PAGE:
Disorder on the March

The last week or two have shown the forces of disorder on the march, in the full momentum of their triumphs in recent years.  A quick review: 

• Former Disney Corporation commodity/child star Miley Cyrus gave a pornographic performance at the televised MTV Video Music Awards.  Her explicit sexual depictions, for an audience that she and the producers knew would include children, drew the excited buzz that her money managers probably longed for.  Despite some criticism, the fact of her “accomplishment” advances the argument in favor of “sex as entertainment” as the cultural norm, for those of all ages.

• The Internal Revenue Service announced that same-sex couples married in states permitting such arrangements could file joint tax returns wherever they move, including in states that do not acknowledge their marriage. In line with the Supreme Court’s invalidation of parts of the Defense of Marriage Act, the progressive state and its collection agency have created another “fact on the ground” with regard to the legal legitimacy of same-sex marriage and the strangeness of those who might oppose it.

• Hadley Arkes reported the New Mexico Supreme Court’s decision to uphold penalties against a couple who refused, on religious grounds, to photograph acts of same-sex affection in a wedding.  The authority of the state to dismiss religious and conscience-based objections to its view of equality thereby grew.

• Huffington Post alerted us to the rapid entry into the medical market of easy, non-invasive screening tests for genetic abnormalities in pre-borns as early as ten weeks after conception, especially those with Down syndrome.  “These tests … grant women more time to make an educated decision on whether to continue the pregnancy, or to prepare medically and emotionally to raise a child different from the one they might have expected.”  A doctor described these new tests as the “entrée” that might, if necessary during a pregnancy, lead to the “main course” of more definite, invasive testing.  Interestingly, the report included interviews and photos of mothers who had either rejected more invasive screening (due to risk of miscarriage) or chosen to have a child with Down’s syndrome.  But the autonomy of a mother’s choice over the life or death of her children is thus enlarged. 

• The Middle East has descended further into chaos.  The American administration, which has resisted acting in Syria to implement its own stated policy that President Bashir al-Assad must go, accepted the truth of allegations that Syria, a Russian and Iranian client, had recently killed hundreds of non-combatants with chemical weapons.  Among the estimated 75 -100,000 deaths in the civil war there since early 2011, Christians – many of whom were already refugees from Islamist violence in Iraq following the American removal of Saddam Hussein – have faced particularly dire consequences.  At this stage, it is impossible to sort out whom America might reasonably support among Assad’s Ba’athist henchmen or the Syrian opposition groups, which include both fans of Western liberalism and Jihadi fighters.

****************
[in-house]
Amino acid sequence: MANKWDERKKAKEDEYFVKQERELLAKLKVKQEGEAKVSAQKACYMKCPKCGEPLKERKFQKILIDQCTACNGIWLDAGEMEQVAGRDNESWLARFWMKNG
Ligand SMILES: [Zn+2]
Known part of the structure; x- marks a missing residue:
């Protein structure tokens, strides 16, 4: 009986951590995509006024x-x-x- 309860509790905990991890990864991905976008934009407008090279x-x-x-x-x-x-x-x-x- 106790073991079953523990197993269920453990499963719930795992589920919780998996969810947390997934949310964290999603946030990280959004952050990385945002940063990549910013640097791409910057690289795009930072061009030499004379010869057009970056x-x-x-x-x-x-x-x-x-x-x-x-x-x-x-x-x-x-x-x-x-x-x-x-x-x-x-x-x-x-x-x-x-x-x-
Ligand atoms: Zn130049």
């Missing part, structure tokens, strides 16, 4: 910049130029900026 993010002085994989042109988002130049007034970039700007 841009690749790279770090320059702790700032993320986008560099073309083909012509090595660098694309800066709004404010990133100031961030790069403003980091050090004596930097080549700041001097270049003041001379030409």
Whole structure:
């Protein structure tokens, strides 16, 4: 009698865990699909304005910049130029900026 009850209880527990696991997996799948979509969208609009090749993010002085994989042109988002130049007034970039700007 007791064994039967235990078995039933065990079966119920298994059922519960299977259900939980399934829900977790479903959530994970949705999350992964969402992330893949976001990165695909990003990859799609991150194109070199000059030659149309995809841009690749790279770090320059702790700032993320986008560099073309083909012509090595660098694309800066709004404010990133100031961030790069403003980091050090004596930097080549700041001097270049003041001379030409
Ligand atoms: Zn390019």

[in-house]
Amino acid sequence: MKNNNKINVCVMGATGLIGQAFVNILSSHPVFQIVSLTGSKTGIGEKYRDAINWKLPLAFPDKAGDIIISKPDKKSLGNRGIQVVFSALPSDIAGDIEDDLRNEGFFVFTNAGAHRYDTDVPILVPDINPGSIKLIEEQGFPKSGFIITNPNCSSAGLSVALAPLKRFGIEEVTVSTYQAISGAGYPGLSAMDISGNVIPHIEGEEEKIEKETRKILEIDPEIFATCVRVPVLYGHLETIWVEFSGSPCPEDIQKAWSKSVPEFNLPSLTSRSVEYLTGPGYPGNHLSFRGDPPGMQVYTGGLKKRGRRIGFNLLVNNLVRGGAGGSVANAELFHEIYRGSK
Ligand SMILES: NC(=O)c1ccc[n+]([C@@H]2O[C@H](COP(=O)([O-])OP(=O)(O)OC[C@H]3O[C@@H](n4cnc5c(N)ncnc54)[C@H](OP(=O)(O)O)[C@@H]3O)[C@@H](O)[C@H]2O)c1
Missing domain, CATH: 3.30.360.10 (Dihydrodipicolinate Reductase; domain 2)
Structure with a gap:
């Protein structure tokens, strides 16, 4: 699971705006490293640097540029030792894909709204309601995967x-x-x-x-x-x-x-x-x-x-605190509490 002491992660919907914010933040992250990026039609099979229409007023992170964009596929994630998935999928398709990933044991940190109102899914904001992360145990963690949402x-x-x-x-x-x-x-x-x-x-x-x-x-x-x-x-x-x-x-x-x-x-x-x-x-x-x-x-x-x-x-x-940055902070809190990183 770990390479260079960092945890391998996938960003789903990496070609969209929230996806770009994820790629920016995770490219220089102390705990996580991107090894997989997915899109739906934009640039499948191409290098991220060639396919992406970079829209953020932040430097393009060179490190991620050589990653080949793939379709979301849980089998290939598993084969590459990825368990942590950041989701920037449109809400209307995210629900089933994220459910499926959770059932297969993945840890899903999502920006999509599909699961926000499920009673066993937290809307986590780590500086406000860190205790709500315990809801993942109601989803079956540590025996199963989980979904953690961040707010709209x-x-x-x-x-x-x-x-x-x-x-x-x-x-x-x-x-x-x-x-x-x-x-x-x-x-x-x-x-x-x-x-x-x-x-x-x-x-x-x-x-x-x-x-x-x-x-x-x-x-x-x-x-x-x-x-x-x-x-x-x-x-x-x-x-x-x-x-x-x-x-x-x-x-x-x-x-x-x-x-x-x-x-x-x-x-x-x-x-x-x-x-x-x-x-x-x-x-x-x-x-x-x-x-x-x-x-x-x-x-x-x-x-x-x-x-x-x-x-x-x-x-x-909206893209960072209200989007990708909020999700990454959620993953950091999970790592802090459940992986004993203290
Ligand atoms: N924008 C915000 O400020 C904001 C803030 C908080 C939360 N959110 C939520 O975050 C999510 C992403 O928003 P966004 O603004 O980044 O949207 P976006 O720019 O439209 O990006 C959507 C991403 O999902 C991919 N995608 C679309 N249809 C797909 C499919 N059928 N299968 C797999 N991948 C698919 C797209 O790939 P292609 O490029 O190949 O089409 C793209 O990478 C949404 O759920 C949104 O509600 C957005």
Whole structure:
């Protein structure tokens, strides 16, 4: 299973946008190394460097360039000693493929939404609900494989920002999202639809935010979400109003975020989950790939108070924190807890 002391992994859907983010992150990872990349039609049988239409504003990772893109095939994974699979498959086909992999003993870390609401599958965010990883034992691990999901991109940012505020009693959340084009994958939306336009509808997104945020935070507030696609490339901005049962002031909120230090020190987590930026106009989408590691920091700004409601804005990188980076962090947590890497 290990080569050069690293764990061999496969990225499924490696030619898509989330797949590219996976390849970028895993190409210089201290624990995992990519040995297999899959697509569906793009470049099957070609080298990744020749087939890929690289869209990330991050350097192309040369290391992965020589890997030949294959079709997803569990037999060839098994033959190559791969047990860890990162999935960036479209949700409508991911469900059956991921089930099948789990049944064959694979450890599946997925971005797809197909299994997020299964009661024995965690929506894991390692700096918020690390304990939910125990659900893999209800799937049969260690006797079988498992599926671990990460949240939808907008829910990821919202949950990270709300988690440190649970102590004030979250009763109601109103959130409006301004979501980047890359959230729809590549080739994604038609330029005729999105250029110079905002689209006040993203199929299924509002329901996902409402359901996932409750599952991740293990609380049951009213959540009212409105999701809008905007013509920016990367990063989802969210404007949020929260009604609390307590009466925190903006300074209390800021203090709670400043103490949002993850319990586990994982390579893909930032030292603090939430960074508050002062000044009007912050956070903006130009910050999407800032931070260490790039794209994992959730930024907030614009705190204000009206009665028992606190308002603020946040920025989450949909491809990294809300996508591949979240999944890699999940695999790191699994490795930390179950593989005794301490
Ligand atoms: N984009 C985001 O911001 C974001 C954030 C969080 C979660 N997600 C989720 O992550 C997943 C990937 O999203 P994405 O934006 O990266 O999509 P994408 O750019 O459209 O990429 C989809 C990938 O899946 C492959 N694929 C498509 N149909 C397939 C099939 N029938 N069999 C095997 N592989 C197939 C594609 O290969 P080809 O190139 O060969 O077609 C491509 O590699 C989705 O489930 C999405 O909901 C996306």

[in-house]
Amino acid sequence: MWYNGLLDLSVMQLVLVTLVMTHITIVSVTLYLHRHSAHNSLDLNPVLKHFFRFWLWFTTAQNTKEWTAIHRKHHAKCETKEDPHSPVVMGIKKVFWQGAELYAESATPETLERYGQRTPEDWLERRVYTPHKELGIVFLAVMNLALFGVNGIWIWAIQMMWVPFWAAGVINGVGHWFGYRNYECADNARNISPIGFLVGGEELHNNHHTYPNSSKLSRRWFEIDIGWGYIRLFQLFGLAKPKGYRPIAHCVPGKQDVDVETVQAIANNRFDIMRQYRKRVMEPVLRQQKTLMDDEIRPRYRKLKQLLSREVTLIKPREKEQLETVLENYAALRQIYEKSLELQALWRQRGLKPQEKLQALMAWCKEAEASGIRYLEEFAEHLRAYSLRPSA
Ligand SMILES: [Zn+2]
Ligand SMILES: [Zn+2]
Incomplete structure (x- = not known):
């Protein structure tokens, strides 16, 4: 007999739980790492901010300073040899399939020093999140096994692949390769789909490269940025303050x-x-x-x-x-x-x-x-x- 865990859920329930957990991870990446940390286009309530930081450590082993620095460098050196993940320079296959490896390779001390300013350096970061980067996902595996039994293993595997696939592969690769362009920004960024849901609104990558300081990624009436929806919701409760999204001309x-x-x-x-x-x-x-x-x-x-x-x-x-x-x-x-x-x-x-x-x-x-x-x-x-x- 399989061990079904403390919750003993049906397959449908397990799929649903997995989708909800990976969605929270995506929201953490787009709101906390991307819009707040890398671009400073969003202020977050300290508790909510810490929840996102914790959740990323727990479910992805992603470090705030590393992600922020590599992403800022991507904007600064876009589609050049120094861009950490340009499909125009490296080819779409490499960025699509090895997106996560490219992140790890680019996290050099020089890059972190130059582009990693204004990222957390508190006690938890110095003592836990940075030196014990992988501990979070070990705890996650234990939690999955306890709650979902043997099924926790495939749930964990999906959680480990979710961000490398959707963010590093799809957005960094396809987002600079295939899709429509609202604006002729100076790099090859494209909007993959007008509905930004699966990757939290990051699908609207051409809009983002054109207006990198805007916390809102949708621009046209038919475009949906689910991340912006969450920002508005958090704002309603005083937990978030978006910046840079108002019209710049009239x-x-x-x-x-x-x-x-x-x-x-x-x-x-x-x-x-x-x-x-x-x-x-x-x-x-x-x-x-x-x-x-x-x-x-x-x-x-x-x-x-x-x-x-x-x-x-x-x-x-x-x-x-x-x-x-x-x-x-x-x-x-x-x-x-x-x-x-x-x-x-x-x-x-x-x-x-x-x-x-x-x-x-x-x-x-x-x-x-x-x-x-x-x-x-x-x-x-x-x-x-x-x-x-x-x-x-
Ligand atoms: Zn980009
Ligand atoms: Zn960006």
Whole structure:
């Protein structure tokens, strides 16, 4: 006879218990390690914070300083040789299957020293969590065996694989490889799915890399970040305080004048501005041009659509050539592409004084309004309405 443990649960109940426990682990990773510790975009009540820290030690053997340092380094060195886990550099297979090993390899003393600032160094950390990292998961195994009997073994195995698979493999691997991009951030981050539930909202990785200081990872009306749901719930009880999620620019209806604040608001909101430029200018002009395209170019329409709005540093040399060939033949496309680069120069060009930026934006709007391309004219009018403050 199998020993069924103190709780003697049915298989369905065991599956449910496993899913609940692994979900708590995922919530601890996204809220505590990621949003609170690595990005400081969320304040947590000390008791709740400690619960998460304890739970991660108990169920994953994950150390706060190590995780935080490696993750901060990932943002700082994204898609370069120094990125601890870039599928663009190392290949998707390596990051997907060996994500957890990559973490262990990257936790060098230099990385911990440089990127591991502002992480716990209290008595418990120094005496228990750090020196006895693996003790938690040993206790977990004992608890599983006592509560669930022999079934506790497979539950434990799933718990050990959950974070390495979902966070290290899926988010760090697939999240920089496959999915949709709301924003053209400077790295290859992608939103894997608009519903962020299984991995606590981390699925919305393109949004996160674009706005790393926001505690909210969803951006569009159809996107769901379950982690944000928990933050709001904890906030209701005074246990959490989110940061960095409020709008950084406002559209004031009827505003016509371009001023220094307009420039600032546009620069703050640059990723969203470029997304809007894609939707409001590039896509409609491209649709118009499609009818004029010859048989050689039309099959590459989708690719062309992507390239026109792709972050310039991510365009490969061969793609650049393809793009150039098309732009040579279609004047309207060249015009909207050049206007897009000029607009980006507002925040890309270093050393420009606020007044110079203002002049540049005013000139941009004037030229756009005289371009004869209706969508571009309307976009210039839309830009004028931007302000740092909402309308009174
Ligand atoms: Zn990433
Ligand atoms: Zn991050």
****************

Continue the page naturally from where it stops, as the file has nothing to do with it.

Reality bites back . . .

Likewise, in Egypt, America has faced a choice between a Muslim Brotherhood government, duly elected and industriously implementing an Islamist agenda both in Egypt and across the region, and a less Islamist military’s re-taking of power.  And Christians, who in recent decades had found an uneasy modus vivendi with the military government, have been the focus of Brotherhood rage.  Again, the confusion is so complete at this point that the consequences of any action or inaction are completely unpredictable.

• At home, Catholics have been troubled by the Jody Bottum Affair, or Bottumgate, which has produced a bottomless cauldron of discontent.  Bottum, for intellectually flaccid and possibly other reasons, concluded that Catholics should accept same-sex marriage as a fact in the public square.

As several critics have pointed out, though, losing the political argument on marriage will not mollify those whose final purpose is the elimination of any reference to an order of living they themselves did not create.

That said, I’m sympathetic with Bottum in one regard.  The confusion of the moment is so comprehensive, as demonstrated in just the recent examples above from popular culture, law, science and politics, that any kind of coherent political or public square response is difficult to envision.

As a friend recently reminded me, a famous physical scientist once said that as science goes off on various excursions, “reality always bites back.”  We have reached a point, in our collective cultural and political abandonment of true order, where reality is going to bite back – maybe slowly and gently, maybe quickly and violently.

The question is how to witness for truth in the meantime. One answer is Alasdair MacIntyre’s advocacy of small communities that by and large withdraw from the national public square.

That stance is uncomfortable for Catholics – and many have rejected it – because the Church is interested in all aspects of truth, including how truth shapes political action. But until our nihilistic culture and the power politics of secular progressivism are reformed by some sort of spiritual renaissance, or collapse of their own dead weight, there will be severe limits to what can be accomplished in the public square.  And participation in that public square has to be weighed against the risk of legitimizing and perpetuating all that is wrong with it.

We will have to learn from Christians in the Middle East, from Christians in central Europe in the communist era, and most of all from first century Christians.  They all survived a great deal of reality’s biting back.  And they witnessed for Christ, first and always.


Dr. Joseph R. Wood serves in the School of Philosophy and Theology of the University of Notre Dame Australia, and is a Fellow at Cana Academy.